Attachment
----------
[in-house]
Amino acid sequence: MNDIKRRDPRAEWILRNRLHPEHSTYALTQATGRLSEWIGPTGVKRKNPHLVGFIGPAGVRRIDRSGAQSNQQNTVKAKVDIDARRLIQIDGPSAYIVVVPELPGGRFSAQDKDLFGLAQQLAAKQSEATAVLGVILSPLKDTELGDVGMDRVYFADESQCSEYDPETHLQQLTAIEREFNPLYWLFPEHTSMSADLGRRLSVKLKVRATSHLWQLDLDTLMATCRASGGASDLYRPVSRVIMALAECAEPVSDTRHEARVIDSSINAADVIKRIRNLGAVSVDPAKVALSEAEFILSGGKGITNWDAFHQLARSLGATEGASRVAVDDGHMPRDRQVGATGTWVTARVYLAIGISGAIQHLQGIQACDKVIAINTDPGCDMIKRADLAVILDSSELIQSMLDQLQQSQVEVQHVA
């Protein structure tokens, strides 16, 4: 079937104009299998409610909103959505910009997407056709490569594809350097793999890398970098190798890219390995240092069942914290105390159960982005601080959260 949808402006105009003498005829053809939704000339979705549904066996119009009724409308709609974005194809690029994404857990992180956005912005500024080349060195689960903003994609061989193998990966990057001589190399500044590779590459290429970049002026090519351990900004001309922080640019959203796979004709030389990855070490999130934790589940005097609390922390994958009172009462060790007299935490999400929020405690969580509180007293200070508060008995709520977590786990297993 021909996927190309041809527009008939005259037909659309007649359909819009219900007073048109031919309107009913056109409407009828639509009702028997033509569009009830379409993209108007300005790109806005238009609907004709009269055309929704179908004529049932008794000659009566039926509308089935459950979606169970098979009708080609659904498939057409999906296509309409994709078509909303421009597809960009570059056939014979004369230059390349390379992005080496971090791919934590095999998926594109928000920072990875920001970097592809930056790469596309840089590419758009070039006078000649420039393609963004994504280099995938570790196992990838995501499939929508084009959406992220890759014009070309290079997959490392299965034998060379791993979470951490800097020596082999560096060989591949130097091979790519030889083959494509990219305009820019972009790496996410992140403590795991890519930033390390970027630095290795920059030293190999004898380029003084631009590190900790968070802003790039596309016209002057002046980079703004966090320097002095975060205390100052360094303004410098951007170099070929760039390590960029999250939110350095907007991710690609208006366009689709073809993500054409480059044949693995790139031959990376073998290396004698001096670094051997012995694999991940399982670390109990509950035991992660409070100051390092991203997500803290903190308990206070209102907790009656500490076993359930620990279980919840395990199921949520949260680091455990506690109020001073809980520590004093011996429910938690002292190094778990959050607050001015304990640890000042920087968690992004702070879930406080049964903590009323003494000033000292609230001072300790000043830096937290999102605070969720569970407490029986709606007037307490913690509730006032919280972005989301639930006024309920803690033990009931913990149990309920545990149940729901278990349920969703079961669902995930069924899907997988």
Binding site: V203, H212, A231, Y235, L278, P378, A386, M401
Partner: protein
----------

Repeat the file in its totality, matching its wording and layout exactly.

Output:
[in-house]
Amino acid sequence: MNDIKRRDPRAEWILRNRLHPEHSTYALTQATGRLSEWIGPTGVKRKNPHLVGFIGPAGVRRIDRSGAQSNQQNTVKAKVDIDARRLIQIDGPSAYIVVVPELPGGRFSAQDKDLFGLAQQLAAKQSEATAVLGVILSPLKDTELGDVGMDRVYFADESQCSEYDPETHLQQLTAIEREFNPLYWLFPEHTSMSADLGRRLSVKLKVRATSHLWQLDLDTLMATCRASGGASDLYRPVSRVIMALAECAEPVSDTRHEARVIDSSINAADVIKRIRNLGAVSVDPAKVALSEAEFILSGGKGITNWDAFHQLARSLGATEGASRVAVDDGHMPRDRQVGATGTWVTARVYLAIGISGAIQHLQGIQACDKVIAINTDPGCDMIKRADLAVILDSSELIQSMLDQLQQSQVEVQHVA
């Protein structure tokens, strides 16, 4: 079937104009299998409610909103959505910009997407056709490569594809350097793999890398970098190798890219390995240092069942914290105390159960982005601080959260 949808402006105009003498005829053809939704000339979705549904066996119009009724409308709609974005194809690029994404857990992180956005912005500024080349060195689960903003994609061989193998990966990057001589190399500044590779590459290429970049002026090519351990900004001309922080640019959203796979004709030389990855070490999130934790589940005097609390922390994958009172009462060790007299935490999400929020405690969580509180007293200070508060008995709520977590786990297993 021909996927190309041809527009008939005259037909659309007649359909819009219900007073048109031919309107009913056109409407009828639509009702028997033509569009009830379409993209108007300005790109806005238009609907004709009269055309929704179908004529049932008794000659009566039926509308089935459950979606169970098979009708080609659904498939057409999906296509309409994709078509909303421009597809960009570059056939014979004369230059390349390379992005080496971090791919934590095999998926594109928000920072990875920001970097592809930056790469596309840089590419758009070039006078000649420039393609963004994504280099995938570790196992990838995501499939929508084009959406992220890759014009070309290079997959490392299965034998060379791993979470951490800097020596082999560096060989591949130097091979790519030889083959494509990219305009820019972009790496996410992140403590795991890519930033390390970027630095290795920059030293190999004898380029003084631009590190900790968070802003790039596309016209002057002046980079703004966090320097002095975060205390100052360094303004410098951007170099070929760039390590960029999250939110350095907007991710690609208006366009689709073809993500054409480059044949693995790139031959990376073998290396004698001096670094051997012995694999991940399982670390109990509950035991992660409070100051390092991203997500803290903190308990206070209102907790009656500490076993359930620990279980919840395990199921949520949260680091455990506690109020001073809980520590004093011996429910938690002292190094778990959050607050001015304990640890000042920087968690992004702070879930406080049964903590009323003494000033000292609230001072300790000043830096937290999102605070969720569970407490029986709606007037307490913690509730006032919280972005989301639930006024309920803690033990009931913990149990309920545990149940729901278990349920969703079961669902995930069924899907997988």
Binding site: V203, H212, A231, Y235, L278, P378, A386, M401
Partner: protein